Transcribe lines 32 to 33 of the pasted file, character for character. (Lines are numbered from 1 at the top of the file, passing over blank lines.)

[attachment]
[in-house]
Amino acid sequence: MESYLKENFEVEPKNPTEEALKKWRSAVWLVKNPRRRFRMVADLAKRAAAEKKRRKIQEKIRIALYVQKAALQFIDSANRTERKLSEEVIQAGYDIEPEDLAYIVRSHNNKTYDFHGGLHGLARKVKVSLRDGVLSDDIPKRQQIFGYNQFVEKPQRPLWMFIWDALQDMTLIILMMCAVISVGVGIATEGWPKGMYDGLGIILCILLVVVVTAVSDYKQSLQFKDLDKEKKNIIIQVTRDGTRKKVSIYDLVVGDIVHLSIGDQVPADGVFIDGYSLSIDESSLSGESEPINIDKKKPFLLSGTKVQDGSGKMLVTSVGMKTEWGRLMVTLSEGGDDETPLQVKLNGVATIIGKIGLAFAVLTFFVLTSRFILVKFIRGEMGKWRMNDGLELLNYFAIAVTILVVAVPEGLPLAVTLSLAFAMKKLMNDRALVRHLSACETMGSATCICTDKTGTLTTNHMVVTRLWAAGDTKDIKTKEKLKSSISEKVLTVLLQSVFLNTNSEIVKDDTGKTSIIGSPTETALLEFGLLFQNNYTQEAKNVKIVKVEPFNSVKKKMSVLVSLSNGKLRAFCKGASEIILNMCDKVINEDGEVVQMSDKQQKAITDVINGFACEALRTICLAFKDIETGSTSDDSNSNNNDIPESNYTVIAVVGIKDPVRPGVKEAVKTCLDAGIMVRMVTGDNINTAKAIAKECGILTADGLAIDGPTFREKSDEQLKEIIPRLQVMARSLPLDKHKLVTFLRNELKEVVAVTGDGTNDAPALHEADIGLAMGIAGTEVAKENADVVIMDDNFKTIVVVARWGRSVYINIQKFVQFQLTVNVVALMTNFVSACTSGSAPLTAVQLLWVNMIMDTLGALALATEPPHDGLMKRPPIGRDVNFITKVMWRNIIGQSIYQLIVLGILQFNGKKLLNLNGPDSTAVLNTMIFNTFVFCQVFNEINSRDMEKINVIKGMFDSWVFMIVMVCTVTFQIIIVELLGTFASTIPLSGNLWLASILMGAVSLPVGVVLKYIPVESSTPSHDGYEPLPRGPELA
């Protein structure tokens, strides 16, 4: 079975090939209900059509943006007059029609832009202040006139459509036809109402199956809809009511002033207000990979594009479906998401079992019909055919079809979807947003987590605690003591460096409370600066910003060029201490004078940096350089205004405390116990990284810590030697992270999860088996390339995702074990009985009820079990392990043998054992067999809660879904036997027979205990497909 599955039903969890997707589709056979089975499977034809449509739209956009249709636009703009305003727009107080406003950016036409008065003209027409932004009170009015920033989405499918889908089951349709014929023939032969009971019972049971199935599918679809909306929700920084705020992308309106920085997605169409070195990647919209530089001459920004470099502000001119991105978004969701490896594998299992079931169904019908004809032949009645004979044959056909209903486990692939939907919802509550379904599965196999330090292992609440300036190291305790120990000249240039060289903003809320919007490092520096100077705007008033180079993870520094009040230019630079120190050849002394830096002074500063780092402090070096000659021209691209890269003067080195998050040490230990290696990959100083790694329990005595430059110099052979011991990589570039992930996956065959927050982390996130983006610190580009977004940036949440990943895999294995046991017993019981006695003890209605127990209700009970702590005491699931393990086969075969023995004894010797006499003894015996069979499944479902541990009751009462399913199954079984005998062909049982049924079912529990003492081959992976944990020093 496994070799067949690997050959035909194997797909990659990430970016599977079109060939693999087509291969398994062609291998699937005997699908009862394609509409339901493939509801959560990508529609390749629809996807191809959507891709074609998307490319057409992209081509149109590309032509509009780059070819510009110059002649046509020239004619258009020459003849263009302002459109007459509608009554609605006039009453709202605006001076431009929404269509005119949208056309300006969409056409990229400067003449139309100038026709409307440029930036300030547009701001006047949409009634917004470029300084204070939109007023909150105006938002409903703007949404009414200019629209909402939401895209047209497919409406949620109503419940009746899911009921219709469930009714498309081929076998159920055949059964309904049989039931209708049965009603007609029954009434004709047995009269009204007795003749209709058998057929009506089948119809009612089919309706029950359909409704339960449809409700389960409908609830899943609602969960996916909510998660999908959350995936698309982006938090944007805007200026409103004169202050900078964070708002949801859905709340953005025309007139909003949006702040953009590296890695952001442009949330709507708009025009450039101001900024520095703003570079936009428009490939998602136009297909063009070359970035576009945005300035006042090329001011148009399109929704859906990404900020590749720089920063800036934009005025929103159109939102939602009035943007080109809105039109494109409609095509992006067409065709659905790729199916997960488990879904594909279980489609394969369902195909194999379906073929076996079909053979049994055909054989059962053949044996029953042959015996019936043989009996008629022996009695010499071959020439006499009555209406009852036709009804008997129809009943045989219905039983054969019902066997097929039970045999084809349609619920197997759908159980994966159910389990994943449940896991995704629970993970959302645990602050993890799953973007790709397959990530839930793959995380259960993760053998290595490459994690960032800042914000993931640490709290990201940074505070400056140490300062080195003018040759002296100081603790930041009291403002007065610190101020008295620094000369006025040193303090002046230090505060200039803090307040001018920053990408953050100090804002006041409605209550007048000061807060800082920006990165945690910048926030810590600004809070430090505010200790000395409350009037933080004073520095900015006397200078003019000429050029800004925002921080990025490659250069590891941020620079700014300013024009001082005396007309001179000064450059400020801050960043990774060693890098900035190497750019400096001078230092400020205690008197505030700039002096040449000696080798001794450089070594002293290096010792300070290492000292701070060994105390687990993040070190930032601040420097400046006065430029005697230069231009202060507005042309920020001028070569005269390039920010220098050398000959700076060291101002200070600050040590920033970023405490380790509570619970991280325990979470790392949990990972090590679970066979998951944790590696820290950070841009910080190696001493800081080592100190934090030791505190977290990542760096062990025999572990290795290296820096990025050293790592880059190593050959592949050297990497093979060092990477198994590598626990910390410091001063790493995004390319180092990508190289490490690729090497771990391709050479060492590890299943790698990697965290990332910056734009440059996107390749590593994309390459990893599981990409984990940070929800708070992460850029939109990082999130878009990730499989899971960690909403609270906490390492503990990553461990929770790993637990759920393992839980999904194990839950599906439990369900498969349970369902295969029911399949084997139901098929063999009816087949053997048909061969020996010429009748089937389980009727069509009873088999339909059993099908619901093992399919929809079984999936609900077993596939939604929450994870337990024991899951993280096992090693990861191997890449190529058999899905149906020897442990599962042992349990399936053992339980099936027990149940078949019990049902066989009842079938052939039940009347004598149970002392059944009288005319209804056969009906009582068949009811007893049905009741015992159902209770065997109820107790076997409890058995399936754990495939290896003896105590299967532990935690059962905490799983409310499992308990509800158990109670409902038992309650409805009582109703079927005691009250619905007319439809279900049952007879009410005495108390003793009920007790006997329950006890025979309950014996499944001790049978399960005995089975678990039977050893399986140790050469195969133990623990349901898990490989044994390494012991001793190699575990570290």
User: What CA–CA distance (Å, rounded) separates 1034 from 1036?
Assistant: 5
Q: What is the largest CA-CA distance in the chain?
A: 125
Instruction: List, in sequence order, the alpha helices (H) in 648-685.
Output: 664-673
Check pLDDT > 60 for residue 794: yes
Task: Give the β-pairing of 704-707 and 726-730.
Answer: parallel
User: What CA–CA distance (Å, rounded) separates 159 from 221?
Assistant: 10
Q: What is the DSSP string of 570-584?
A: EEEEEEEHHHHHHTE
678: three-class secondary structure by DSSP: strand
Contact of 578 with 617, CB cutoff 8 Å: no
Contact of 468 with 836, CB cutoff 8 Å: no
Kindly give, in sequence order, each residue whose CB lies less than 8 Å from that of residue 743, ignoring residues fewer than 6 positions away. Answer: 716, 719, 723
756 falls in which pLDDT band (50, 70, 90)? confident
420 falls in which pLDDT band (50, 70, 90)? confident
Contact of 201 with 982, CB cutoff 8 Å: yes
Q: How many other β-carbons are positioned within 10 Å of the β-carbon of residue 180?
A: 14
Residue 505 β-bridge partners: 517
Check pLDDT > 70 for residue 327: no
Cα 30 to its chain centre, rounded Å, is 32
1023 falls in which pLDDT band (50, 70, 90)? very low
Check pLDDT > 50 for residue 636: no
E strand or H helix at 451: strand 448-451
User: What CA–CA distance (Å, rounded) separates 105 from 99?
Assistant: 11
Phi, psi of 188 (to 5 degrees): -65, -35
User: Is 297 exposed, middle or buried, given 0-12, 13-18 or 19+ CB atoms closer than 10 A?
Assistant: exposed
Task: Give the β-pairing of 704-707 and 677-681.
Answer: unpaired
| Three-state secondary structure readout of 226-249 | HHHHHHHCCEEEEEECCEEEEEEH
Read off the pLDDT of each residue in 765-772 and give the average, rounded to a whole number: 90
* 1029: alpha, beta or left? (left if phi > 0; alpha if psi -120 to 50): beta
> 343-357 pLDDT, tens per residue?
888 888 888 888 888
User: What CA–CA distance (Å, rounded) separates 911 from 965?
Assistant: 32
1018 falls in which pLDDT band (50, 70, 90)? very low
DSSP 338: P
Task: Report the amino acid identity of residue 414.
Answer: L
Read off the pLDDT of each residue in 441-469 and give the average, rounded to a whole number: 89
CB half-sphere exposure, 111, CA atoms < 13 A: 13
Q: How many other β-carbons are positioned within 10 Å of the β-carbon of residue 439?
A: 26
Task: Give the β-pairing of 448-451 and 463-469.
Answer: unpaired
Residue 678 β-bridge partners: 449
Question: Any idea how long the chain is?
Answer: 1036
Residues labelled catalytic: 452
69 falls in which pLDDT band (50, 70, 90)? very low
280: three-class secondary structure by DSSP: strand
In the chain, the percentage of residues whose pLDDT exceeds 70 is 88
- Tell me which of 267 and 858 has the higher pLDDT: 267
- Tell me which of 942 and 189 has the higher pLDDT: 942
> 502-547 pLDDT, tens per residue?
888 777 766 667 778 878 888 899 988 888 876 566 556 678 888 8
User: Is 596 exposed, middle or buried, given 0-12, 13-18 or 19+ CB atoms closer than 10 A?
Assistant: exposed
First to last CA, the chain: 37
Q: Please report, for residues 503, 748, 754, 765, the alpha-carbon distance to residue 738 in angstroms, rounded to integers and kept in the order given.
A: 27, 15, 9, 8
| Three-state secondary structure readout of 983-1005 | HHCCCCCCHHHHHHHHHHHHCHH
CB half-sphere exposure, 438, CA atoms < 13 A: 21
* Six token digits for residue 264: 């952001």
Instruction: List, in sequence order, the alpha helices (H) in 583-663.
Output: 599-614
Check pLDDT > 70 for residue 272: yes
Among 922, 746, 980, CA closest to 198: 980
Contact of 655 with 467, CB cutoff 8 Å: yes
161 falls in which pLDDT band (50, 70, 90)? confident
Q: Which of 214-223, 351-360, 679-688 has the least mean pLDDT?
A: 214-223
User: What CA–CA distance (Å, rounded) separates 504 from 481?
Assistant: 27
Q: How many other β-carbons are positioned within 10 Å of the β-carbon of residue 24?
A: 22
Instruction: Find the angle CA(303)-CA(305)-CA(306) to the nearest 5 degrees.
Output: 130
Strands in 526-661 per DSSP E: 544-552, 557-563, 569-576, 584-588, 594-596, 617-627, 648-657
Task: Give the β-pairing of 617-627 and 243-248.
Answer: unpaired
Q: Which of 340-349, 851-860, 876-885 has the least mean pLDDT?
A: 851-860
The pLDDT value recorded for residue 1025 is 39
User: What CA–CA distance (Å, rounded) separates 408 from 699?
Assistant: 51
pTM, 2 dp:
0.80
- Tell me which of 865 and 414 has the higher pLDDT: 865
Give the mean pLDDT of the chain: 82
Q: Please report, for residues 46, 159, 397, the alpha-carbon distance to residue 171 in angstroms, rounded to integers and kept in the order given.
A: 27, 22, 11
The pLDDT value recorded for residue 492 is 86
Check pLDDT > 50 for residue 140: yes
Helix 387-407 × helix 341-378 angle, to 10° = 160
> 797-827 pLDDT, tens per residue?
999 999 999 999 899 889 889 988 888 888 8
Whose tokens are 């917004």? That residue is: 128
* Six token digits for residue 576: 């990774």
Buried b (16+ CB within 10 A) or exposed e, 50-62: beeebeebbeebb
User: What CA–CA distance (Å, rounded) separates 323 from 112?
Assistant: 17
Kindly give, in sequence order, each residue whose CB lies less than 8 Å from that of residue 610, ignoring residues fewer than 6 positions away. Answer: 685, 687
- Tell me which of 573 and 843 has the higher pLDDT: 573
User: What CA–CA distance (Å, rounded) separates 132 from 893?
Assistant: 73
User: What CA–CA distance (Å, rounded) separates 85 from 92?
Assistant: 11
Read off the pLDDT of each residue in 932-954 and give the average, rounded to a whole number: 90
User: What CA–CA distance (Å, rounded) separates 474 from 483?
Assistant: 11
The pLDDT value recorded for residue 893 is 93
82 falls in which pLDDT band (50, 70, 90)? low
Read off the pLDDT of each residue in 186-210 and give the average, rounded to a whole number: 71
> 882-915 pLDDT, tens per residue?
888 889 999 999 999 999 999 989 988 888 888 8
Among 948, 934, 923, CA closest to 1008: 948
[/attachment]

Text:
User: What CA–CA distance (Å, rounded) separates 105 from 99?
Assistant: 11